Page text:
Singers usually have the threading instructions in the machine.  The left hand side of the little knobby thing that goes up and down (I'm sure that is the technical term) should open like a door and there should be a diagram inside.
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« Reply #12 on: December 15, 2004 07:48:39 AM »

Humiliation is built in on every machine ever made.
You're not supposed to understand them, just worship. Smiley
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abinka
« Reply #13 on: December 16, 2004 03:29:27 AM »

I've actually gotten so bogged down getting things done for this Saturday's Punk Rock Flea Market and Xmas gifts I've just hand-sewn the things I needed. But after the holidays I will attack and conquer that insolent machine!
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« Reply #14 on: December 16, 2004 07:18:19 AM »

Good luck!
It helps to really take your time with the instructionsbook and go through it step by step. I made a terrible buy last year. I bought a Singer without even knowing if it was working or not (mostly to have a machine for my daughters since I don't let them go near my darling Pfaff)
When I came home it was just a mess. Nothing worked, including the instructions, and it all ended with me throwing it all away. I spoke to my "dealer" and he said that Singer is a problemchild (maybe because he is pro-pfaff)

Well. Good luck with the sale! And Merry Christmas!
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« Reply #15 on: December 16, 2004 01:35:44 PM »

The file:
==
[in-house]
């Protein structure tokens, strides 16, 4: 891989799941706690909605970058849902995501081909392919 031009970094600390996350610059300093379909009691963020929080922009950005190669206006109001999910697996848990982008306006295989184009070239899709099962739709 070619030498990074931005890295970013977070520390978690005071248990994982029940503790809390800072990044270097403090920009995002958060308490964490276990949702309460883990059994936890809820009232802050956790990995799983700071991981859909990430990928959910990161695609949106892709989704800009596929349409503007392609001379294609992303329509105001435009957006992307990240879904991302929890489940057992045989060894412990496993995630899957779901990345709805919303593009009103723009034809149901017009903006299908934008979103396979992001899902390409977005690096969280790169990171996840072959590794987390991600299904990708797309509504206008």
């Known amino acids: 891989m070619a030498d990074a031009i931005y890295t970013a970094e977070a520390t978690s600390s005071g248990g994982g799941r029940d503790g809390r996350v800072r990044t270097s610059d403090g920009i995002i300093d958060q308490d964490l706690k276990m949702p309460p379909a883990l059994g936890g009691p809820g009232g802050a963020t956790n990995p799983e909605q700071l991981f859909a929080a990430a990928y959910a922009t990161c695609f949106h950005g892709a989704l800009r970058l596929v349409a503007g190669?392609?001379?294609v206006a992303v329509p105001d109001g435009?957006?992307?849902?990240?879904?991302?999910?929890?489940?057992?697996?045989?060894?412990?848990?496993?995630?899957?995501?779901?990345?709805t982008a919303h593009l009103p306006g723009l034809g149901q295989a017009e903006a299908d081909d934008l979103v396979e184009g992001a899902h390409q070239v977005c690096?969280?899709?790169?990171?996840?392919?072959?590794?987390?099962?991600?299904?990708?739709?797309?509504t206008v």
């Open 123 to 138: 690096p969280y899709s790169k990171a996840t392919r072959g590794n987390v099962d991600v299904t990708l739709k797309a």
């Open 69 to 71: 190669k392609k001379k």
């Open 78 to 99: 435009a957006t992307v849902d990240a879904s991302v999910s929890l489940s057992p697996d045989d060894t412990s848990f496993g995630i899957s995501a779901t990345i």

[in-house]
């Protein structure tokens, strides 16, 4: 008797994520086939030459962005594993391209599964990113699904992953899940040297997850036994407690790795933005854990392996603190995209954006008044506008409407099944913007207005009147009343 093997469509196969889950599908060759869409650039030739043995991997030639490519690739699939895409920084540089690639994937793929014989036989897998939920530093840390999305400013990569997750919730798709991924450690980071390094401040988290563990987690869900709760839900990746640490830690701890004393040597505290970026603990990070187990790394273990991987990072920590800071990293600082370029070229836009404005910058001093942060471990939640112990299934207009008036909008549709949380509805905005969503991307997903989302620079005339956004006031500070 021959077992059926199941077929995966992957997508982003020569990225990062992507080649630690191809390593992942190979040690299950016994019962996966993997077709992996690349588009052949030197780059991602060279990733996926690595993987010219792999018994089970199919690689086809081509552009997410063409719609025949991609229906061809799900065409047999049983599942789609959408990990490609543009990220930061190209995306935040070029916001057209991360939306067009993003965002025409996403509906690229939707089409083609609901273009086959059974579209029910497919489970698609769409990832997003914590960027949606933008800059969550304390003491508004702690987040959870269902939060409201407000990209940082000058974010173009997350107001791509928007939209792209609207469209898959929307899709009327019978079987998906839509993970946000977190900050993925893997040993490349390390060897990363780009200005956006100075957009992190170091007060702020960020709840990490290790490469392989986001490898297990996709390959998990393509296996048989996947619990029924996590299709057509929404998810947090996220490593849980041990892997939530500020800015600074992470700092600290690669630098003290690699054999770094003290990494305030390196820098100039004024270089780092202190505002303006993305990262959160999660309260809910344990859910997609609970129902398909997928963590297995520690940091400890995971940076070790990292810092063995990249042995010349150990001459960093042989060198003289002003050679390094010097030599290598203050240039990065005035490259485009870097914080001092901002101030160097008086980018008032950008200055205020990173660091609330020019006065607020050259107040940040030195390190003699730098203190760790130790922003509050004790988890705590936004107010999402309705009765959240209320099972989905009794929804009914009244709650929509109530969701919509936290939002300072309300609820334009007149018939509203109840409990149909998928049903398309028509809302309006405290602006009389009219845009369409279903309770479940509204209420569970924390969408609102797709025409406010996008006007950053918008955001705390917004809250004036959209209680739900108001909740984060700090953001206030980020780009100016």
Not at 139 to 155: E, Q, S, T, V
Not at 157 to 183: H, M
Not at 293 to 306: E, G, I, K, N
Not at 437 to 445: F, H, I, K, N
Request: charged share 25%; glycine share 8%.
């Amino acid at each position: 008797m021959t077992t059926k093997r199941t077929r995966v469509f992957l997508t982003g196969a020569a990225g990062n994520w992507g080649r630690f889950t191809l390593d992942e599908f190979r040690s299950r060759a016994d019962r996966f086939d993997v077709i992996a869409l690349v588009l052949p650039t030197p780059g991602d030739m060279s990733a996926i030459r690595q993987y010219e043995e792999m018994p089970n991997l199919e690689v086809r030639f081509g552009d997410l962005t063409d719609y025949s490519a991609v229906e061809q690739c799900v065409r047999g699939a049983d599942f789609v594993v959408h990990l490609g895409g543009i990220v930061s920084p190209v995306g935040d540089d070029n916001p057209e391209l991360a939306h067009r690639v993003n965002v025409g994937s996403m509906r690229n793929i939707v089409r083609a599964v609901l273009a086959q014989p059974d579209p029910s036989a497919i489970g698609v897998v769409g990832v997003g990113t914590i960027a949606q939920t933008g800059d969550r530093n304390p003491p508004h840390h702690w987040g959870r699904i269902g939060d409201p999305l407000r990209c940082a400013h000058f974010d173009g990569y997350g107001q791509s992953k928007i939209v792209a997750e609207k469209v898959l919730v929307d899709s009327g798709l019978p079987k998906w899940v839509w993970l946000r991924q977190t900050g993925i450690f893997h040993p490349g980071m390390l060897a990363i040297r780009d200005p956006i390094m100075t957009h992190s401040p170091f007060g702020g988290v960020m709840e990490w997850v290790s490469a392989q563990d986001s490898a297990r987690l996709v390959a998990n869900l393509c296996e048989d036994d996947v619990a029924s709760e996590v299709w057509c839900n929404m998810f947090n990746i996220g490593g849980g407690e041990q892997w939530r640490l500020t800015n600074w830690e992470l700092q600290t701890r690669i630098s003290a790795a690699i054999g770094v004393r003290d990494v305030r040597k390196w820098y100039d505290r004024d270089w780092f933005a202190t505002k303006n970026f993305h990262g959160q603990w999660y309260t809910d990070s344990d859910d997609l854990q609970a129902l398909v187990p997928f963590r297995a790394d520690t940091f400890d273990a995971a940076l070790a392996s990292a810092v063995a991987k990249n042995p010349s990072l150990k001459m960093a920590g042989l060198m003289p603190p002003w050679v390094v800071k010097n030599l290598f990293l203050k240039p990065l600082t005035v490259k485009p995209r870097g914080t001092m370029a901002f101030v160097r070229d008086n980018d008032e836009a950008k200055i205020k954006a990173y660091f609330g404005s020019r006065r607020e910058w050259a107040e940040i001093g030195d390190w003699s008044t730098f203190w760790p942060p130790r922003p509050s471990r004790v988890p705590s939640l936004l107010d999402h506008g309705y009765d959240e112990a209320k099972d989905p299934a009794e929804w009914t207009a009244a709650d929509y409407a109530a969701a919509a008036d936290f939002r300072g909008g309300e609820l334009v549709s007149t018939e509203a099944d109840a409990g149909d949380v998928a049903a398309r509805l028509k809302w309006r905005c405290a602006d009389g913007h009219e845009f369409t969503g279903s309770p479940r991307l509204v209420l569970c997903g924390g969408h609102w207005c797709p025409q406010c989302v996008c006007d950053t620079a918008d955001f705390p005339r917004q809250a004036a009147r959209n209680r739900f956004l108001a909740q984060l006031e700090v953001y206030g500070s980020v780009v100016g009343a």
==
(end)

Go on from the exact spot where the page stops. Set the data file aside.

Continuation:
Oh, I love my Pfaff (see offering comment above).  It is way too good for me.  My mom has a 40-ish year old Bernina.  People laugh at her for using it, but it sews great and is destined to be inherited by me, as my future backup machine (for when my future high tech machine breaks down).
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« Reply #16 on: December 16, 2004 02:26:17 PM »

My mom had a Bernina too that I of course stole from her as soon as I discovered the fun of sewing. I had it until my kids were born and I had to start sewing jersey-clothes. That's when I switched to the Pfaff, but only because it had jersey-seams.
I rather wish I had kept moms machine for backup, but I had to throw it into the sale to afford the Pfaff Sad
Now since my daughters are big enough to use a machine i really wish I had one less fragile than my beloved.
The Pfaff is a passion and most people I've spoken to, who owns Pfaff are rather passionate about them.
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« Reply #17 on: December 21, 2004 06:10:56 AM »